E Pluribus Unum

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alestar 11/24/2019 (Sunday) 00:11:31 #86141245


hey its shitpost sunday yayyyy

fuck capitalism amirite guise

jagvanderwild 11/24/2019 (Sunday) 00:13:52 #86141246


says the guy probably posting this from a $1300 2019 macbook pro

basiary 11/24/2019 (Sunday) 02:21:34 #86141245


Hijacking this shitpost to plug a story that I've been meaning to tell:

Dr. Anatoly Sokolov was at the forefront of Soviet scienctific research during the hottest years of the Cold War. The Khrushchev Thaw allowed Sokolov to enjoy a degree of scientific freedom that was atypical at the time. Upon the rise of the traditionalist Leonid Brezhnev in 1964, Sokolov's work was deemed counterrevolutionary and he lost all credibility. He would go on to die in obscurity, with barely pennies to his name, three years later.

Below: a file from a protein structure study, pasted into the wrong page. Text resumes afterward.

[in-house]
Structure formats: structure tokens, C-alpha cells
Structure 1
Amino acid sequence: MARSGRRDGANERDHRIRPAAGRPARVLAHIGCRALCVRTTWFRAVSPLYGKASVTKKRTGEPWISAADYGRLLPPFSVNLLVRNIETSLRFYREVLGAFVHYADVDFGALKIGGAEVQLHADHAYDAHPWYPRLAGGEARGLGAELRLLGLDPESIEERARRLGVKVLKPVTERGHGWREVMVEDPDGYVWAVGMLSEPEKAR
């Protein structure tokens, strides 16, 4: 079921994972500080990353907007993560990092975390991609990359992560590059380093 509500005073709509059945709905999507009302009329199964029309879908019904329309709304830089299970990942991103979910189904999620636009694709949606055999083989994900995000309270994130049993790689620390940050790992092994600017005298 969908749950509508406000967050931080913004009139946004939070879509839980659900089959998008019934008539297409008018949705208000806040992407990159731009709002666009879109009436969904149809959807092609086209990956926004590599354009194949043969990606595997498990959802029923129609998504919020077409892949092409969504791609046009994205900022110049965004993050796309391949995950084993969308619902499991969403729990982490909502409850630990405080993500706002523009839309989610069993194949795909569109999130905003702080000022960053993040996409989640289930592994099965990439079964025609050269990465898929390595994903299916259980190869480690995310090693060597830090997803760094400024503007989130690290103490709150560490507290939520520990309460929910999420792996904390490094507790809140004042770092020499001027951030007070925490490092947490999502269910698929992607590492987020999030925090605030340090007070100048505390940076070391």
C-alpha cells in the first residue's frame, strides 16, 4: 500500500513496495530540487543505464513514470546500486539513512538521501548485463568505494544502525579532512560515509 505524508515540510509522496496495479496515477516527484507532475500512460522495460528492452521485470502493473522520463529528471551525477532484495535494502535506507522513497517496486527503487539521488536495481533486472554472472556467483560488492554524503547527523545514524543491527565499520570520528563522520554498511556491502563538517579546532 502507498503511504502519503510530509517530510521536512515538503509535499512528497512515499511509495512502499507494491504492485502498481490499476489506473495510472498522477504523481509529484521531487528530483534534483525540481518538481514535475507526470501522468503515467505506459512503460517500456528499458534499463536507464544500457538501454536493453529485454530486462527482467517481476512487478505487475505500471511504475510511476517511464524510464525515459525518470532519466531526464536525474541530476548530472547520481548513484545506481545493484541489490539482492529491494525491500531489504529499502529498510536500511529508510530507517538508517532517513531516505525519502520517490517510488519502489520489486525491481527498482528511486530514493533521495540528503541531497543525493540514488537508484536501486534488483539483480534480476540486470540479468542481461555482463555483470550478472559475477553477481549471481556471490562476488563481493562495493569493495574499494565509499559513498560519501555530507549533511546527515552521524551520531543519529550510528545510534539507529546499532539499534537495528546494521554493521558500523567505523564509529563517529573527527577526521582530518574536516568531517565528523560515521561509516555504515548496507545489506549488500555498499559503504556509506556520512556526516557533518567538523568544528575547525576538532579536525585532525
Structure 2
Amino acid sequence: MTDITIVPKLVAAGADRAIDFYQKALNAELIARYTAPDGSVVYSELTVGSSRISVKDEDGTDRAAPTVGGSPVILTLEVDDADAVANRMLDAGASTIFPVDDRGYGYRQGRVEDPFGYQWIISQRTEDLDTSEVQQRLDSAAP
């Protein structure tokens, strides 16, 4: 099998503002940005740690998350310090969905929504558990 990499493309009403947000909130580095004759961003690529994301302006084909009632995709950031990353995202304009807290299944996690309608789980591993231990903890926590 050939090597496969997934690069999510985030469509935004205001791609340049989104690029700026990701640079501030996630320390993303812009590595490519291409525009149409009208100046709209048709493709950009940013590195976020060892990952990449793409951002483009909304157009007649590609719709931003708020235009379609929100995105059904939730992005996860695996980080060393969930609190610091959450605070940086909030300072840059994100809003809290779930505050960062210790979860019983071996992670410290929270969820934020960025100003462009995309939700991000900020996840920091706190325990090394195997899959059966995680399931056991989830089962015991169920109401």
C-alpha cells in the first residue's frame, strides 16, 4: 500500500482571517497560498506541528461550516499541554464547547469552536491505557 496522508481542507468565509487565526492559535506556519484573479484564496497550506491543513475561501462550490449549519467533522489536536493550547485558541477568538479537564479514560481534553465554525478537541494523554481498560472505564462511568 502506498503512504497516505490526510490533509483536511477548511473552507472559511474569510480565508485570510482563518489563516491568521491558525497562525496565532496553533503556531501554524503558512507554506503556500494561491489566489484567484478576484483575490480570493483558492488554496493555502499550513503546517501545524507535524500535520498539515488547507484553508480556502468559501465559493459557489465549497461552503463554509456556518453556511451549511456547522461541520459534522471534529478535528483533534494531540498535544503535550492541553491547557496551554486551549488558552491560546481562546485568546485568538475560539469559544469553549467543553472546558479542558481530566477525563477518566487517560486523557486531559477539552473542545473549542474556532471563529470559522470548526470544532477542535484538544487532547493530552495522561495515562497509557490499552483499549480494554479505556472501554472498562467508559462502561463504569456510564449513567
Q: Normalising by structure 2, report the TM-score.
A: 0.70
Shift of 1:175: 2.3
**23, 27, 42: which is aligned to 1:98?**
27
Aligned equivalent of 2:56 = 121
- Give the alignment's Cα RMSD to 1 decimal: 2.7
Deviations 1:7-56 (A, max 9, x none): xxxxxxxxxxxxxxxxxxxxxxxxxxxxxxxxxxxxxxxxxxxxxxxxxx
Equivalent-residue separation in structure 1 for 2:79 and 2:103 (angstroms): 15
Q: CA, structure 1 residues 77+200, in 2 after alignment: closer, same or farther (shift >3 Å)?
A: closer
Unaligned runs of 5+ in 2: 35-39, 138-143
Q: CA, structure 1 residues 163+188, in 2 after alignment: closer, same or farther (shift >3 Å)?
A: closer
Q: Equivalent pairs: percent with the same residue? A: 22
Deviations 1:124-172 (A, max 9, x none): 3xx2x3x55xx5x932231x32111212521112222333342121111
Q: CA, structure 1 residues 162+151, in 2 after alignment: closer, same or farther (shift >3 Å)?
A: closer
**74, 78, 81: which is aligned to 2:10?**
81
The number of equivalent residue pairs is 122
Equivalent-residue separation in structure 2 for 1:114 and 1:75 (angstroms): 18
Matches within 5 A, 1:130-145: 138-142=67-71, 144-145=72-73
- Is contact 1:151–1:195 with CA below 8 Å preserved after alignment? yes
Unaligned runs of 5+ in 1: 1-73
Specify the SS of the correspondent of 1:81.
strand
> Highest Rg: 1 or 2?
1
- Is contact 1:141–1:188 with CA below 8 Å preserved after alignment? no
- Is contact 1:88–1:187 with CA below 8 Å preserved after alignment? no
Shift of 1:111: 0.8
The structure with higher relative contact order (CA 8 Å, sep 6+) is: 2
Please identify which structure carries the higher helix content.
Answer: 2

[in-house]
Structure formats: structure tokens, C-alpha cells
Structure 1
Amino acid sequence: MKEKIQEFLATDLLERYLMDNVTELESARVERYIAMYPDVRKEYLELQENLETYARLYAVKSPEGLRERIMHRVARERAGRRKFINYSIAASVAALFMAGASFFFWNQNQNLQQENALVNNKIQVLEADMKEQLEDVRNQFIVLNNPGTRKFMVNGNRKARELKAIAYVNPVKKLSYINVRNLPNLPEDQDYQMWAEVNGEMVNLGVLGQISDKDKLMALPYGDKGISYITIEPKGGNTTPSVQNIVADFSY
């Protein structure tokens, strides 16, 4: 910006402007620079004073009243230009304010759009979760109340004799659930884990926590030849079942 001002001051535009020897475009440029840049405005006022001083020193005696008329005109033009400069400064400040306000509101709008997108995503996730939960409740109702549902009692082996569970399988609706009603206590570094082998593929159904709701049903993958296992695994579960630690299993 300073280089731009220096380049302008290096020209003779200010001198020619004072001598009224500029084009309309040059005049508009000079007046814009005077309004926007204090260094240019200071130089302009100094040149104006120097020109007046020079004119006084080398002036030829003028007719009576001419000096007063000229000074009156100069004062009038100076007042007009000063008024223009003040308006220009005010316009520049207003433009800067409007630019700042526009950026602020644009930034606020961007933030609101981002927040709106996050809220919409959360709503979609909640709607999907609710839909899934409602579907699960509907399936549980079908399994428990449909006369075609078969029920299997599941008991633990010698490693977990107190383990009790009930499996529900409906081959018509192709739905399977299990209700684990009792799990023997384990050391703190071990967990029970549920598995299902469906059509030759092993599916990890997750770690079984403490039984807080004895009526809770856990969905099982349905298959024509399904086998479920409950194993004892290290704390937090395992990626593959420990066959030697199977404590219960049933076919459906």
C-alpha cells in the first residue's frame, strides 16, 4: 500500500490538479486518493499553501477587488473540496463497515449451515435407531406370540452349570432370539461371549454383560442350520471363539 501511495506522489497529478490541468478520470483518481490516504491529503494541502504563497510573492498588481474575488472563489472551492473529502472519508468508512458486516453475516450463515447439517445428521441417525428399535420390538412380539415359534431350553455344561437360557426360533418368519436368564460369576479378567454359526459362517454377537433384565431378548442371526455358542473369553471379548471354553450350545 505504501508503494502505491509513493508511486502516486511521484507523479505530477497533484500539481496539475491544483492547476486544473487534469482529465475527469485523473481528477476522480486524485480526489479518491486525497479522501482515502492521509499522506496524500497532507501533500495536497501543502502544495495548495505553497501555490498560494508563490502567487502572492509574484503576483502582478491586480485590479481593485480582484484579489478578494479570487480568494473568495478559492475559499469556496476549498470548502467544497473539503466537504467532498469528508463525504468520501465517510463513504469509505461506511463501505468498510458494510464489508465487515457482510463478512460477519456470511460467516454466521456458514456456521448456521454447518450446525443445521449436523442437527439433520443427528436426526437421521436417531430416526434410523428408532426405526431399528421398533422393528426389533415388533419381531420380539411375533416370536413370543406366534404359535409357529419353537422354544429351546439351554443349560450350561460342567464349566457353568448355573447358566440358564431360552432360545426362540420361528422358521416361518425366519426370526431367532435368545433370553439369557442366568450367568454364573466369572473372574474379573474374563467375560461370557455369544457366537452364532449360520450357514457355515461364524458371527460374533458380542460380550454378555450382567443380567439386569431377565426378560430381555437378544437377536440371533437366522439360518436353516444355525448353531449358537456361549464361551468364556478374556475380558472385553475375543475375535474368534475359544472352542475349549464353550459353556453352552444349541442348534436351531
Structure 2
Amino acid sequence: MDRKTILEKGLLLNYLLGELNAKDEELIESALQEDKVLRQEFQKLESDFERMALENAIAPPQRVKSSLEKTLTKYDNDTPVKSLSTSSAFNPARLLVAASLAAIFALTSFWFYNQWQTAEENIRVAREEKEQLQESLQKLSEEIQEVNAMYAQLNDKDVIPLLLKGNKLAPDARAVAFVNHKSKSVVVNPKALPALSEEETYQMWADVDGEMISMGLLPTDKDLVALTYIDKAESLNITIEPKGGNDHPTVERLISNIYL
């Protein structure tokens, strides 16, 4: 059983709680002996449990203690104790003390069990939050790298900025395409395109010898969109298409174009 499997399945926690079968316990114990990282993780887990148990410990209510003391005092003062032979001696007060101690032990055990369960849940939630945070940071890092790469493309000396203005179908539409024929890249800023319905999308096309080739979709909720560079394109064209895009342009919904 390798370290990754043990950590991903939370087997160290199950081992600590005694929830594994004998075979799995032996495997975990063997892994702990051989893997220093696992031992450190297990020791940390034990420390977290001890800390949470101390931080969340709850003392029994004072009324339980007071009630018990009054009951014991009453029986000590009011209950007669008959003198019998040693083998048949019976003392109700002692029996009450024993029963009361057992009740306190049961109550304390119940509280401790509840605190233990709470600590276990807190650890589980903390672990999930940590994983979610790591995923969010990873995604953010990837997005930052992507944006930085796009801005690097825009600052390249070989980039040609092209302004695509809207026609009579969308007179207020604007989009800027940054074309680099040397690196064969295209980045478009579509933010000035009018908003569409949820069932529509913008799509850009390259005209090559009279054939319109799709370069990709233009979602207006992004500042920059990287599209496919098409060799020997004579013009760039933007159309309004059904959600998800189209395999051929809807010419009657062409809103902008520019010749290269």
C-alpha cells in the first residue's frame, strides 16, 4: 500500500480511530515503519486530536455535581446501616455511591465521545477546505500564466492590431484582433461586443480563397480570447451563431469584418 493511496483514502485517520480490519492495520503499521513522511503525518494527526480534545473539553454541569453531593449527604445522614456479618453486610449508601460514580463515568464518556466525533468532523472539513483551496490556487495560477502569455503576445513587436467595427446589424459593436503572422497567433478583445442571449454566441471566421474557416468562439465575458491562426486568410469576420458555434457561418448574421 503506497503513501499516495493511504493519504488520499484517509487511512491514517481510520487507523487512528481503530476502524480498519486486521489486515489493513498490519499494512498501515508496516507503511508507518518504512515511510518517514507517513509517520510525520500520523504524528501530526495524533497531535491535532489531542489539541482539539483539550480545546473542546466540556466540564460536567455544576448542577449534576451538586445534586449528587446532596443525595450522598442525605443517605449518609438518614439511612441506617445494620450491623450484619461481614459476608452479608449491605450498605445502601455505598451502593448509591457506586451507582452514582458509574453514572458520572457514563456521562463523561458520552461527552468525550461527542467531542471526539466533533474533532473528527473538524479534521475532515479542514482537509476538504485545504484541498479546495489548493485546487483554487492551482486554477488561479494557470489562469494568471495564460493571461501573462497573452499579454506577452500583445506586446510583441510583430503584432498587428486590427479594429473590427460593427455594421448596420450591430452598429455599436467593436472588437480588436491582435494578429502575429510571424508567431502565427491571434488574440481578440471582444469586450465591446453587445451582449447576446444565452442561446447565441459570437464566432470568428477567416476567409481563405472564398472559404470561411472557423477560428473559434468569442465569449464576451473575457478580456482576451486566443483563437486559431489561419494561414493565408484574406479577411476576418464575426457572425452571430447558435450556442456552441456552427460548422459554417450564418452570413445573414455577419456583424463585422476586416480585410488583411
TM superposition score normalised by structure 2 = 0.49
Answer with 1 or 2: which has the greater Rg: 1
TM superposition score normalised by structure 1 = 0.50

As the world reeled from the brink of nuclear war, feelings of apprehension at the U.S in the Soviet Union continued to run high. There was a desperate need to be ahead of the capitalist svin'yas in the event of another Cuban crisis. This culminated in a highly illegal set of animal experimentation in the winter of 1962-1963, known in Russia only as zhivoye nebo—Living Sky. Without the authorization of the Politburo, Sokolov rounded up dozens of stray animals throughout Moscow and administered rounds of psychoactive drugs interspersed with sessions of electroshock therapy and sensory deprivation, each regimen carefully tailored for each species so their bodies wouldn't give out. Sokolov's goal was to induce a state of total dissociation from higher-level thought processes, shutting off all brain activity except the most primitive of neuronal connections. Out of these connections something else would arise: the formation of a higher entity composed of each individual. E pluribus unum. Out of many, one.